The impressive improvements in health for the Swedish population during the last two and a half centuries can be ascribed to many reasons. There has been a multifold of important public health measures including the regular collection of vital statistics from 1749 on a national level through the state church, which also played an important role in the early and widespread vaccination coverage against smallpox. Preventive mother and child care, access to health care free of charge, restrictive alcohol policy, accident prevention in several sectors and anti-tobacco campaigns have also been important. However, the increased living standard due to universal welfare policy strategies including social security, high educational standard, high degree of employment for women and men, regional and housing subsidies, appears to be equally or even more important.
The Swedish National Institute of Public Health, SNIPH, has been responsible for supporting the implementation of the Swedish public health policy adopted by the Swedish Parliament, the Riksdag, in 2003, and for reporting on the implementation process as well as the results. The policy has been made available in English in a supplement to the Scandinavian Journal of Public Health (volume 32, supplement 64; eds. Hogstedt C, Lundgren B, Moberg H, Pettersson B and Ågren G) as well as in a summary of the first Public Health Policy Report published in 2005. SNIPH has also contributed to the evaluation of Swedish public health research in another supplement (no. 65) to the Scandinavian Journal of Public Health 2005.
Today’s public health policies and results can to a large extent be explained by history and experiences from earlier decades and even centuries. Therefore, we were very pleased to publish a book in 2005 on the health of the Swedish people in a historical perspective (eds. Sundin J, Hogstedt C, Lindberg J and Moberg H) in Swedish in cooperation with Professor Jan Sundin and Associate Professor Sam Willner from Linköping University and others. We are now equally pleased to be able to publish a summarised and modified version in English by Professor Jan Sundin and Associate Professor Sam Willner focusing on the health development in relation to social changes over the last 250 years. Bernt Lundgren, Christer Hogstedt and Henrik Moberg from SNIPH were responsible for the discussions with the authors and the processing of the book.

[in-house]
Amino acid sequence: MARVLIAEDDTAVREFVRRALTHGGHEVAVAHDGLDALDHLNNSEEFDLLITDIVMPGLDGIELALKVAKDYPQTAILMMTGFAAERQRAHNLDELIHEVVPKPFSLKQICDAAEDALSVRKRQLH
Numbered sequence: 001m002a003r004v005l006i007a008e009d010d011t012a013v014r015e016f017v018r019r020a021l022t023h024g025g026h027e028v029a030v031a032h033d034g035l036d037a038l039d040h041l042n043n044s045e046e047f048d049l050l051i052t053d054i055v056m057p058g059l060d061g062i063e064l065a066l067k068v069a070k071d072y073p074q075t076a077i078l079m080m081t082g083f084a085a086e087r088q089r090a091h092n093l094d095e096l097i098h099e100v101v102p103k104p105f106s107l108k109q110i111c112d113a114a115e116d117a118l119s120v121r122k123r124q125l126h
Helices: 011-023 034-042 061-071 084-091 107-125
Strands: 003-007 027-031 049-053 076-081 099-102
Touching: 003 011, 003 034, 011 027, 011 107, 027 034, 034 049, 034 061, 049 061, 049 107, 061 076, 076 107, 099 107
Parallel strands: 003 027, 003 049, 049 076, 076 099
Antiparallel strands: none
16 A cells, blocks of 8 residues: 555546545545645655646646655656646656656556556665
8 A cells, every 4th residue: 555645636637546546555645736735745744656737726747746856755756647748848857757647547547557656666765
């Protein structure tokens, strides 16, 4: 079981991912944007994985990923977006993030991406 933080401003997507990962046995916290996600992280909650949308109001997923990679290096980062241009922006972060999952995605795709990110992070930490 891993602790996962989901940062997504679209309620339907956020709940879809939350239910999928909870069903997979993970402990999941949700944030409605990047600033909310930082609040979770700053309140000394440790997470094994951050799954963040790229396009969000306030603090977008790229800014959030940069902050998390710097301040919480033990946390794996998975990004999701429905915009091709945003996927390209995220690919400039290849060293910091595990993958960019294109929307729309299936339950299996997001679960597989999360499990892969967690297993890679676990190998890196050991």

The new Swedish public health policy from 2003 has attracted much attention internationally due to its focus on structural determinants as well as lifestyle factors. The policy has been mentioned in the WHO Bangkok Charter on Health Promotion in a Globalized World and the WHO strategy for prevention and control of non-communicable diseases in the European Region, as well as by the Independent WHO Commission on Social Determinants. It is our hope that this publication shall contribute to the understanding of the background and context for this policy.
Historical lessons from one country can not be transferred uncritically to another country or be used as a basis for future decisions. However, the likelihood of the effects of different policies could be indicated by comparing differences and similarities in the contexts. We hope that this book will prove useful for policy comparisons and in the training of public health policy-makers, researchers, administrators and field workers.
Östersund, December 2007
Swedish National Institute of Public Health , 2007. , 252 p.
Life expectancy, disease, medicine, public health, health policy, Scandinavia, Swedish National Institute of Public Health